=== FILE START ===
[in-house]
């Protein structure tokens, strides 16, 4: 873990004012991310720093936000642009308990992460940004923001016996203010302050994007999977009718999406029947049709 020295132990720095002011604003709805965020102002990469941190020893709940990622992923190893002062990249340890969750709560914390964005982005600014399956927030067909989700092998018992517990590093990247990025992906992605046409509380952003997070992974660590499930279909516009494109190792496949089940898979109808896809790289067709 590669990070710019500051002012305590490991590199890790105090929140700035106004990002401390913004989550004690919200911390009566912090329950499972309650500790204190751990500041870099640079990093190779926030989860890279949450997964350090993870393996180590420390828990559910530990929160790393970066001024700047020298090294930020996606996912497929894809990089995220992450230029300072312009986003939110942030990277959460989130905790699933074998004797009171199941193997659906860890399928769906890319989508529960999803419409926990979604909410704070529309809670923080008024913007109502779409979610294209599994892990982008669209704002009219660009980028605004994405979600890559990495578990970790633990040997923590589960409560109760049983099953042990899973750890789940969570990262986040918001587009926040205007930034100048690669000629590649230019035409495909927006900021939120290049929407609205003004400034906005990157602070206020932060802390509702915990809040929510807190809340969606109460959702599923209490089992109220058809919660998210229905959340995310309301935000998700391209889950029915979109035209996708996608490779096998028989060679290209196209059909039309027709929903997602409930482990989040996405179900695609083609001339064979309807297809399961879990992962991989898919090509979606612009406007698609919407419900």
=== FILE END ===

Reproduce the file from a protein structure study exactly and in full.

[in-house]
């Protein structure tokens, strides 16, 4: 873990004012991310720093936000642009308990992460940004923001016996203010302050994007999977009718999406029947049709 020295132990720095002011604003709805965020102002990469941190020893709940990622992923190893002062990249340890969750709560914390964005982005600014399956927030067909989700092998018992517990590093990247990025992906992605046409509380952003997070992974660590499930279909516009494109190792496949089940898979109808896809790289067709 590669990070710019500051002012305590490991590199890790105090929140700035106004990002401390913004989550004690919200911390009566912090329950499972309650500790204190751990500041870099640079990093190779926030989860890279949450997964350090993870393996180590420390828990559910530990929160790393970066001024700047020298090294930020996606996912497929894809990089995220992450230029300072312009986003939110942030990277959460989130905790699933074998004797009171199941193997659906860890399928769906890319989508529960999803419409926990979604909410704070529309809670923080008024913007109502779409979610294209599994892990982008669209704002009219660009980028605004994405979600890559990495578990970790633990040997923590589960409560109760049983099953042990899973750890789940969570990262986040918001587009926040205007930034100048690669000629590649230019035409495909927006900021939120290049929407609205003004400034906005990157602070206020932060802390509702915990809040929510807190809340969606109460959702599923209490089992109220058809919660998210229905959340995310309301935000998700391209889950029915979109035209996708996608490779096998028989060679290209196209059909039309027709929903997602409930482990989040996405179900695609083609001339064979309807297809399961879990992962991989898919090509979606612009406007698609919407419900």